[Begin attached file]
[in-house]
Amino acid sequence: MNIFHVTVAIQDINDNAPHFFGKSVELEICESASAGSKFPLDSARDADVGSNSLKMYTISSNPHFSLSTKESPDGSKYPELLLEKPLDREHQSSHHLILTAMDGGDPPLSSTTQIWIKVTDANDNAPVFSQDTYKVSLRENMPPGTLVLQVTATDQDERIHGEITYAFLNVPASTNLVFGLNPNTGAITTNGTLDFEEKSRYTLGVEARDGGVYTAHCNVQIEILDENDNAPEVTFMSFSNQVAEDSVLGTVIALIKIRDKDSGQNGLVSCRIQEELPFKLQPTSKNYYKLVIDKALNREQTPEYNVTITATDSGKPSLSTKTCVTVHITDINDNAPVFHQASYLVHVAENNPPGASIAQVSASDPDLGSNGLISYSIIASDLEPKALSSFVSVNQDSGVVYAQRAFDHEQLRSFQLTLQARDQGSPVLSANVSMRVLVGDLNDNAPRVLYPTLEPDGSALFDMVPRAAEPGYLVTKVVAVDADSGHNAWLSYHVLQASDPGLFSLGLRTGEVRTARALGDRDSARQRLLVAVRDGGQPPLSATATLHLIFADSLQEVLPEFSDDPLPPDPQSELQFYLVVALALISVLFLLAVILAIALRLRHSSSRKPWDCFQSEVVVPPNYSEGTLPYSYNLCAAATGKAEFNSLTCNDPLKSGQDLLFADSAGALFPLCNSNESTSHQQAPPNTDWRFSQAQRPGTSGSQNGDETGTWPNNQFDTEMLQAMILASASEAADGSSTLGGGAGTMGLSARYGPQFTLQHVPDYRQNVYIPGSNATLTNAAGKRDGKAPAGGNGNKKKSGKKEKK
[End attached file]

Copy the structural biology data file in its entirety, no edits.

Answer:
[in-house]
Amino acid sequence: MNIFHVTVAIQDINDNAPHFFGKSVELEICESASAGSKFPLDSARDADVGSNSLKMYTISSNPHFSLSTKESPDGSKYPELLLEKPLDREHQSSHHLILTAMDGGDPPLSSTTQIWIKVTDANDNAPVFSQDTYKVSLRENMPPGTLVLQVTATDQDERIHGEITYAFLNVPASTNLVFGLNPNTGAITTNGTLDFEEKSRYTLGVEARDGGVYTAHCNVQIEILDENDNAPEVTFMSFSNQVAEDSVLGTVIALIKIRDKDSGQNGLVSCRIQEELPFKLQPTSKNYYKLVIDKALNREQTPEYNVTITATDSGKPSLSTKTCVTVHITDINDNAPVFHQASYLVHVAENNPPGASIAQVSASDPDLGSNGLISYSIIASDLEPKALSSFVSVNQDSGVVYAQRAFDHEQLRSFQLTLQARDQGSPVLSANVSMRVLVGDLNDNAPRVLYPTLEPDGSALFDMVPRAAEPGYLVTKVVAVDADSGHNAWLSYHVLQASDPGLFSLGLRTGEVRTARALGDRDSARQRLLVAVRDGGQPPLSATATLHLIFADSLQEVLPEFSDDPLPPDPQSELQFYLVVALALISVLFLLAVILAIALRLRHSSSRKPWDCFQSEVVVPPNYSEGTLPYSYNLCAAATGKAEFNSLTCNDPLKSGQDLLFADSAGALFPLCNSNESTSHQQAPPNTDWRFSQAQRPGTSGSQNGDETGTWPNNQFDTEMLQAMILASASEAADGSSTLGGGAGTMGLSARYGPQFTLQHVPDYRQNVYIPGSNATLTNAAGKRDGKAPAGGNGNKKKSGKKEKK